Thursday, April 26, 2018

book #3 in my British Library run, a serious case of happy camperville: Dreamland and Ghostland: An Original Collection of Tales and Warnings from the Borderland of Substance and Shadow, Etc. , Author Unknown

ASIN: B003MGK022
originally published by George Redway, 1887
330 pp

paperback

"...what happened to me last night was no dream to me, it was a reality..."

This book just might win the prize for longest title ever:

Dreamland and Ghostland: An Original Collection of Tales and Warnings From the Borderland of Substance and Shadow: 
Embracing

Remarkable Dreams, Presentiments, and Coincidences: Records of Singular Personal Experience by Various Writers; Startling Stories from Individual and Family History; Mysterious Incidents from the Life of Living Narrators; and Some Psychological Studies, Grave and Gay.

There are another two volumes following this one: Dream Warnings and Mysteries:  Strange Stories of Coincidence and Ghostly Adventure and Ghost Stories and Presentiments.  I'll probably get to those at some point -- if they're anything like this one, they'll be completely worth it.  Volume I is an experience in itself. I don't know if it was done purposefully, but there are thirteen stories here, a mix of dream tales and ghostly encounters, all collected by "The Editor" who has, over the years,
"come across some extremely curious and interesting narratives,"
some of which "now the see the light for the first time."    While the collection is supposedly compiled from works of anonymous writers, the Editor reveals in the preface that he wasn't really "at liberty" to "give specific names attached to certain facts" that came to his notice "through personal acquaintance with the narrators," so that he could then try to "point out" which were actually real experiences and which were "a germ of reality expanded and coloured in the hands of a practised writer."  He also reveals that some of the writers whose work is represented here did not want publicity "either for personal or family reasons."  I can say that these were all stories I've never read, so it was a serious case of happy camperville for me.  In case no one's noticed yet, I live to find original old tales like these to add to my mental database.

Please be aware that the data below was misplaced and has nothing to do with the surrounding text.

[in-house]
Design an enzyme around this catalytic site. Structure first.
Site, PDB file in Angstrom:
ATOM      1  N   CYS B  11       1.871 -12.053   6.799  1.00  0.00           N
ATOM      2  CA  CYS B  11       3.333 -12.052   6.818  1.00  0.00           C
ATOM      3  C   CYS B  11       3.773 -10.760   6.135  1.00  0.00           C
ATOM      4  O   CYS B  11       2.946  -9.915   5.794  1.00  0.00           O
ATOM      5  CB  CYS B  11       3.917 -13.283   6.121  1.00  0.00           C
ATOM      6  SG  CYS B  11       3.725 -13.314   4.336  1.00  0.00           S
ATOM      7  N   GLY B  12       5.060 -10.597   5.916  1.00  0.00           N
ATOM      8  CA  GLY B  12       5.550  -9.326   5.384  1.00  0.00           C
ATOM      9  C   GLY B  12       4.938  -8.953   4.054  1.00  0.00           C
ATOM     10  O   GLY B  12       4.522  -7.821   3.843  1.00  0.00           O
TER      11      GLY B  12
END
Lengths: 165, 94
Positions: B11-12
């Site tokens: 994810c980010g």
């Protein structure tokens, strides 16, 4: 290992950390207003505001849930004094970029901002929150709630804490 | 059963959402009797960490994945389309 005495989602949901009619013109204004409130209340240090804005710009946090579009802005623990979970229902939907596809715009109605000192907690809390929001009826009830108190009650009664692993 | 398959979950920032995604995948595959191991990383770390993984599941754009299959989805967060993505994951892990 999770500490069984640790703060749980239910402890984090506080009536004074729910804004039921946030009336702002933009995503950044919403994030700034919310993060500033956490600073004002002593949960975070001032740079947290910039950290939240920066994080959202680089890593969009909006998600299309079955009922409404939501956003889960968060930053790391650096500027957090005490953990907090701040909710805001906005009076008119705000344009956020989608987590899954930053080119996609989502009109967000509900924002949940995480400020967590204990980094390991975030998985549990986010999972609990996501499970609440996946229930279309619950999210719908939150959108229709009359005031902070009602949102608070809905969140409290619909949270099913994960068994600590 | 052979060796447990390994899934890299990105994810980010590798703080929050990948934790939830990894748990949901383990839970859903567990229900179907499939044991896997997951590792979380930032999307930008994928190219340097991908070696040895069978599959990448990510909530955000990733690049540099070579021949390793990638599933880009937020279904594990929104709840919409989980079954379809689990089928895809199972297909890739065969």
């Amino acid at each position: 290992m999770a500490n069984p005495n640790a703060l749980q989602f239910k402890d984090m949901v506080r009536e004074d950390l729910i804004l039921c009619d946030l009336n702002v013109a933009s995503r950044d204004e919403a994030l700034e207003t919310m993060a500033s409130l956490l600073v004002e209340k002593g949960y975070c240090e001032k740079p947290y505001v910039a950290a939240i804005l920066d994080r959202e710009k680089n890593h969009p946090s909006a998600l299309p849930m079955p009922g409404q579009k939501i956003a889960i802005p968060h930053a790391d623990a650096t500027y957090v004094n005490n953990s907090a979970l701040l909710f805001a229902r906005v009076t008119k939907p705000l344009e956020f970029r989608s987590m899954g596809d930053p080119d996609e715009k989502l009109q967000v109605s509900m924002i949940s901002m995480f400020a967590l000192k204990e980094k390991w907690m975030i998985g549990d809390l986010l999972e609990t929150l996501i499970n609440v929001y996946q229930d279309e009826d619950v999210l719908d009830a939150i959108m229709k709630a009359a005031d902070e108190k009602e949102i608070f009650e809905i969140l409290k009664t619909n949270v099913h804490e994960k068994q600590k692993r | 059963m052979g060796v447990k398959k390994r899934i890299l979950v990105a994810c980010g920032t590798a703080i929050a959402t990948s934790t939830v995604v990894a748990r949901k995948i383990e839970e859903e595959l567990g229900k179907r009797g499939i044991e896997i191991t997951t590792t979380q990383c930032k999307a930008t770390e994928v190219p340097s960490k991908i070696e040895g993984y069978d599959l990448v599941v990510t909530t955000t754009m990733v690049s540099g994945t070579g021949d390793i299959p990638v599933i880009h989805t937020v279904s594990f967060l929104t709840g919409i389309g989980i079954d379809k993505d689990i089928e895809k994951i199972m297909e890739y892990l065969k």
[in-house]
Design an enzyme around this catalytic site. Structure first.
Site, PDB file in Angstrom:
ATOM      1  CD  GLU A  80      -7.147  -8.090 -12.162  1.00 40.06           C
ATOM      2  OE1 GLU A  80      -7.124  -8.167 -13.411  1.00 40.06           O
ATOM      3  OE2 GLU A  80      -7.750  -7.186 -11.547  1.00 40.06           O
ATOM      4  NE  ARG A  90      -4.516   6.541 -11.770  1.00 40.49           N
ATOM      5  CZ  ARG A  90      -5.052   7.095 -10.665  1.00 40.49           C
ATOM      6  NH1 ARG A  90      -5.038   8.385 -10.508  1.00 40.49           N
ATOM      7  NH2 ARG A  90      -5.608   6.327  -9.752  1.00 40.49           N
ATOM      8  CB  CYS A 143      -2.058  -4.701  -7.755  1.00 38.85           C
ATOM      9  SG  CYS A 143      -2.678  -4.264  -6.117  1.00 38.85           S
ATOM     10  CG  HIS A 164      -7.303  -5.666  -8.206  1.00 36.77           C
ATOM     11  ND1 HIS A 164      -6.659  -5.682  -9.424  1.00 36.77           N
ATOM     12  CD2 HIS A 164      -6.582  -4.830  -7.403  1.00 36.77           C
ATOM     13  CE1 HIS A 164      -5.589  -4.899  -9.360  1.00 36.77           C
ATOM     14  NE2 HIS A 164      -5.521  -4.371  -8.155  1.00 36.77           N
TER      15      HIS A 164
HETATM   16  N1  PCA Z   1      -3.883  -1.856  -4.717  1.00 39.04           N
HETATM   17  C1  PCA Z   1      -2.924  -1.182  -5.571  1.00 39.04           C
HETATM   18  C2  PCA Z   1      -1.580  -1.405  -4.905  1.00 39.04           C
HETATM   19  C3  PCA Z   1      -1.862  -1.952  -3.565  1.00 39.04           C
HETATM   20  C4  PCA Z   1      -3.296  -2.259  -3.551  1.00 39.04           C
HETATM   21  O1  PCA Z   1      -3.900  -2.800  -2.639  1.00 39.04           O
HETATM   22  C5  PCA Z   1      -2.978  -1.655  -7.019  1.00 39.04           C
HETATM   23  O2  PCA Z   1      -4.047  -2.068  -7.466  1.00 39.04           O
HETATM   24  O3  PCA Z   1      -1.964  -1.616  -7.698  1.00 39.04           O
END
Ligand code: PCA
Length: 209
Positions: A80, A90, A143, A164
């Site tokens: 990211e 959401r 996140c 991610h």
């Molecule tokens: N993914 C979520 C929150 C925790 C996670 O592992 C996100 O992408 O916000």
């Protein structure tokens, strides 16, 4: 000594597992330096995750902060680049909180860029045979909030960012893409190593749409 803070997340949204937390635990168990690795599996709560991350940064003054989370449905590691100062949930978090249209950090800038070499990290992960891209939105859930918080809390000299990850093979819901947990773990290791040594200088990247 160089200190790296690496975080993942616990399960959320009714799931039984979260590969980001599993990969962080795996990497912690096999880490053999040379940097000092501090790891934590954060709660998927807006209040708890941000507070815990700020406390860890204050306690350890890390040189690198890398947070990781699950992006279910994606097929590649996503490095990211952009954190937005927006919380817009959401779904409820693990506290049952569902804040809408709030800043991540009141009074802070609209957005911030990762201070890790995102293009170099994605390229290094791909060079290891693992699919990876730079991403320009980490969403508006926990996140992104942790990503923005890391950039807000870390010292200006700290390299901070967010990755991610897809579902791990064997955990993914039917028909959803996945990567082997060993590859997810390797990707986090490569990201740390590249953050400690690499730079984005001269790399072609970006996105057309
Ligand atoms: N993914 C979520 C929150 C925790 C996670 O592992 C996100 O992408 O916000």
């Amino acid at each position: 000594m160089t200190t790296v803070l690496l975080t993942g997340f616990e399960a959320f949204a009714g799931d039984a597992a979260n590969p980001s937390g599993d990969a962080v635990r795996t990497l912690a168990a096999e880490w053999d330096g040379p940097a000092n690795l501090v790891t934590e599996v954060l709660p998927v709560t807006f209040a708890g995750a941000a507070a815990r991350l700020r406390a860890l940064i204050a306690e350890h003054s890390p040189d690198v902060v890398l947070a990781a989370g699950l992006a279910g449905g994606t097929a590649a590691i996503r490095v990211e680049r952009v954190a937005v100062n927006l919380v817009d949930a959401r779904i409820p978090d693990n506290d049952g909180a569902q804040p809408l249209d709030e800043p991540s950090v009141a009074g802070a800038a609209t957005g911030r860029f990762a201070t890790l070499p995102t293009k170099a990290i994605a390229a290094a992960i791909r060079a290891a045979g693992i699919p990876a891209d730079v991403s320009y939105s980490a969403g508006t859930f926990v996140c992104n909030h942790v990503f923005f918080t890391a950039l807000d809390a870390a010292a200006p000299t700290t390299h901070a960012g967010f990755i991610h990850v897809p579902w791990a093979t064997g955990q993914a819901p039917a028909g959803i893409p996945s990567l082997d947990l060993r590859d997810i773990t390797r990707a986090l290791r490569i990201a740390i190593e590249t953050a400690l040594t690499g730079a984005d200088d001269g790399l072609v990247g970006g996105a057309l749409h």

Many of the dream-based stories are of the type where a dream one day foretells the future of the dreamer; more than one of these involves bilocation of some sort, and these are not limited to sleep-based dreams, either.  As just one example of many, in "Mab: The Woman of the Dream," a young girl staying in a country home goes off one afternoon into a sort of trancelike state in which she "looked more like an automaton than a woman."  During the time she's not in the active world, she is drawing a portrait of a man she's never seen; surprises ensue.   The dream tales don't all run in this particular vein,  but that one begins the collection and it drew me in, immediately whetting my appetite for more.  The best dream story in this book has to be "A Double Event; Or, 200 to 1" in which a poverty-stricken man places his bets on a horse he'd dreamed about, wins, and becomes a slave to the bookies from then on.  Now, years later, he has a chance to redeem himself on a horse that came to him via the same medium and he just knows it's a surefire deal.  But of course, there's a twist here that I never saw coming.  Coincidentally, this one happens to be one of my favorite stories in the book.

While the book is dominated mainly by the dream tales, there are a few ghostly tales here that are top notch.  "Cousin Geoffrey's Chamber" is one of these, a good, old-fashioned spooky story that not only takes place in a big English country house, but also provides a chill when the ethereal encounter leads to the unexpected for the unlucky human involved.  In "The Brand of Cain, Or, What Could it Be?," we find another fine bit o' the creep factor at play as a strange woman  takes up residence in a newly-built home.  A friendship costs this woman plenty, but that's all I will say.

There is much more strangeness to be had in this little book, which will most likely be more of interest to people like me who are very much into the discovery of older tales, most especially as the Editor wrote, those which are now seeing "the light for the first time."  I haven't looked to see if this book is online but if it is, and you don't want to shell out the price for the paperback, it might be one to put in your e-reader's reading queue.  I get that dream stories are pretty old hat now, but hey -- these are definitely worth the read.



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